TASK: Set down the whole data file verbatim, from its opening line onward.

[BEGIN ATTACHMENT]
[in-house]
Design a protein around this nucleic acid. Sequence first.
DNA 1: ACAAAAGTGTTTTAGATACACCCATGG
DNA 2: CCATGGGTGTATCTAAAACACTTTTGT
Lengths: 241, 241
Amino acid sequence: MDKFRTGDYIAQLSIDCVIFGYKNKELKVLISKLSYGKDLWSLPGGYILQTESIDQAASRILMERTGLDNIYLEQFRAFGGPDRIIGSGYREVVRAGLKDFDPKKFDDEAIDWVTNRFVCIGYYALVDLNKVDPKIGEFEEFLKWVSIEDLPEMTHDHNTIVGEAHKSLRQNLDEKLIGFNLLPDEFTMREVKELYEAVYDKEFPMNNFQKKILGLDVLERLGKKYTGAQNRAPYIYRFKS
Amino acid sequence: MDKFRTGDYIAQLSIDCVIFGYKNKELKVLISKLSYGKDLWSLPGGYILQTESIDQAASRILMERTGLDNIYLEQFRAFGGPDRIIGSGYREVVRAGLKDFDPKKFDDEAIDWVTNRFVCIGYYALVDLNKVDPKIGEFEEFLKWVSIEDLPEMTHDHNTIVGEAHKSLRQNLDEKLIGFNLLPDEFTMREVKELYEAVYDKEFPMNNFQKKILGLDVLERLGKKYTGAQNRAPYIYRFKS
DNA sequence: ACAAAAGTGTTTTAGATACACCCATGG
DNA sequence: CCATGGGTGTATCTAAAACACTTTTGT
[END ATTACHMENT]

[in-house]
Design a protein around this nucleic acid. Sequence first.
DNA 1: ACAAAAGTGTTTTAGATACACCCATGG
DNA 2: CCATGGGTGTATCTAAAACACTTTTGT
Lengths: 241, 241
Amino acid sequence: MDKFRTGDYIAQLSIDCVIFGYKNKELKVLISKLSYGKDLWSLPGGYILQTESIDQAASRILMERTGLDNIYLEQFRAFGGPDRIIGSGYREVVRAGLKDFDPKKFDDEAIDWVTNRFVCIGYYALVDLNKVDPKIGEFEEFLKWVSIEDLPEMTHDHNTIVGEAHKSLRQNLDEKLIGFNLLPDEFTMREVKELYEAVYDKEFPMNNFQKKILGLDVLERLGKKYTGAQNRAPYIYRFKS
Amino acid sequence: MDKFRTGDYIAQLSIDCVIFGYKNKELKVLISKLSYGKDLWSLPGGYILQTESIDQAASRILMERTGLDNIYLEQFRAFGGPDRIIGSGYREVVRAGLKDFDPKKFDDEAIDWVTNRFVCIGYYALVDLNKVDPKIGEFEEFLKWVSIEDLPEMTHDHNTIVGEAHKSLRQNLDEKLIGFNLLPDEFTMREVKELYEAVYDKEFPMNNFQKKILGLDVLERLGKKYTGAQNRAPYIYRFKS
DNA sequence: ACAAAAGTGTTTTAGATACACCCATGG
DNA sequence: CCATGGGTGTATCTAAAACACTTTTGT